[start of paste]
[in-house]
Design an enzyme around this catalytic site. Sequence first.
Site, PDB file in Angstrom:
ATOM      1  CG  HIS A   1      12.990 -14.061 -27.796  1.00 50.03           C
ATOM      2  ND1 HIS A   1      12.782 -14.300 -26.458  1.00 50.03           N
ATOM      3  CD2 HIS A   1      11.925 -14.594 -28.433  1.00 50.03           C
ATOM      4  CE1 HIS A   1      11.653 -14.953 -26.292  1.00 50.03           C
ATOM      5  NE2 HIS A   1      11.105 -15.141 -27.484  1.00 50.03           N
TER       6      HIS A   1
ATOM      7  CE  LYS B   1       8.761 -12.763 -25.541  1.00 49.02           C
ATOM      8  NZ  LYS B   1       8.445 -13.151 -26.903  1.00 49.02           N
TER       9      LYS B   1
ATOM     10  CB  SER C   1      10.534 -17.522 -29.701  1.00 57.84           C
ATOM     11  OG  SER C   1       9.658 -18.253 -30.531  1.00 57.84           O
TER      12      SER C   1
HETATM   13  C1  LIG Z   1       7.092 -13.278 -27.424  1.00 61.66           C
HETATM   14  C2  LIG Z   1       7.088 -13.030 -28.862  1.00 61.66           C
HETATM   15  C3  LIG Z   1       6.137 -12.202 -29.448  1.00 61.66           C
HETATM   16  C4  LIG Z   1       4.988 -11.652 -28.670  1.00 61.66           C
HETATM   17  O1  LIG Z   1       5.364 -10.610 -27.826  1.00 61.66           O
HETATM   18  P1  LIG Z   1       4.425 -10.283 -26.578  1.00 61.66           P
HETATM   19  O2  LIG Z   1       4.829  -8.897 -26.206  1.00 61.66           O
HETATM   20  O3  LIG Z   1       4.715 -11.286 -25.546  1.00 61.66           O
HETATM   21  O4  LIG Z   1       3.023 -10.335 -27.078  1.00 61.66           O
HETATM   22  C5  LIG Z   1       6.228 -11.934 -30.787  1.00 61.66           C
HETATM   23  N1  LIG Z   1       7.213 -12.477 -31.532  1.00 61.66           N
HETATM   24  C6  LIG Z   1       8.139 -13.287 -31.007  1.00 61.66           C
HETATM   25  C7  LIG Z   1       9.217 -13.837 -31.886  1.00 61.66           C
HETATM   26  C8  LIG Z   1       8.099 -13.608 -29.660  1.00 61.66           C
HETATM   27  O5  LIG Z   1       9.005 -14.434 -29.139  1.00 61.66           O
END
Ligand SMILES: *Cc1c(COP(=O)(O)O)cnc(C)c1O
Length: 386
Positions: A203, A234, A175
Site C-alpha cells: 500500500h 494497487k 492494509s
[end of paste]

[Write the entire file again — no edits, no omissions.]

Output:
[in-house]
Design an enzyme around this catalytic site. Sequence first.
Site, PDB file in Angstrom:
ATOM      1  CG  HIS A   1      12.990 -14.061 -27.796  1.00 50.03           C
ATOM      2  ND1 HIS A   1      12.782 -14.300 -26.458  1.00 50.03           N
ATOM      3  CD2 HIS A   1      11.925 -14.594 -28.433  1.00 50.03           C
ATOM      4  CE1 HIS A   1      11.653 -14.953 -26.292  1.00 50.03           C
ATOM      5  NE2 HIS A   1      11.105 -15.141 -27.484  1.00 50.03           N
TER       6      HIS A   1
ATOM      7  CE  LYS B   1       8.761 -12.763 -25.541  1.00 49.02           C
ATOM      8  NZ  LYS B   1       8.445 -13.151 -26.903  1.00 49.02           N
TER       9      LYS B   1
ATOM     10  CB  SER C   1      10.534 -17.522 -29.701  1.00 57.84           C
ATOM     11  OG  SER C   1       9.658 -18.253 -30.531  1.00 57.84           O
TER      12      SER C   1
HETATM   13  C1  LIG Z   1       7.092 -13.278 -27.424  1.00 61.66           C
HETATM   14  C2  LIG Z   1       7.088 -13.030 -28.862  1.00 61.66           C
HETATM   15  C3  LIG Z   1       6.137 -12.202 -29.448  1.00 61.66           C
HETATM   16  C4  LIG Z   1       4.988 -11.652 -28.670  1.00 61.66           C
HETATM   17  O1  LIG Z   1       5.364 -10.610 -27.826  1.00 61.66           O
HETATM   18  P1  LIG Z   1       4.425 -10.283 -26.578  1.00 61.66           P
HETATM   19  O2  LIG Z   1       4.829  -8.897 -26.206  1.00 61.66           O
HETATM   20  O3  LIG Z   1       4.715 -11.286 -25.546  1.00 61.66           O
HETATM   21  O4  LIG Z   1       3.023 -10.335 -27.078  1.00 61.66           O
HETATM   22  C5  LIG Z   1       6.228 -11.934 -30.787  1.00 61.66           C
HETATM   23  N1  LIG Z   1       7.213 -12.477 -31.532  1.00 61.66           N
HETATM   24  C6  LIG Z   1       8.139 -13.287 -31.007  1.00 61.66           C
HETATM   25  C7  LIG Z   1       9.217 -13.837 -31.886  1.00 61.66           C
HETATM   26  C8  LIG Z   1       8.099 -13.608 -29.660  1.00 61.66           C
HETATM   27  O5  LIG Z   1       9.005 -14.434 -29.139  1.00 61.66           O
END
Ligand SMILES: *Cc1c(COP(=O)(O)O)cnc(C)c1O
Length: 386
Positions: A203, A234, A175
Site C-alpha cells: 500500500h 494497487k 492494509s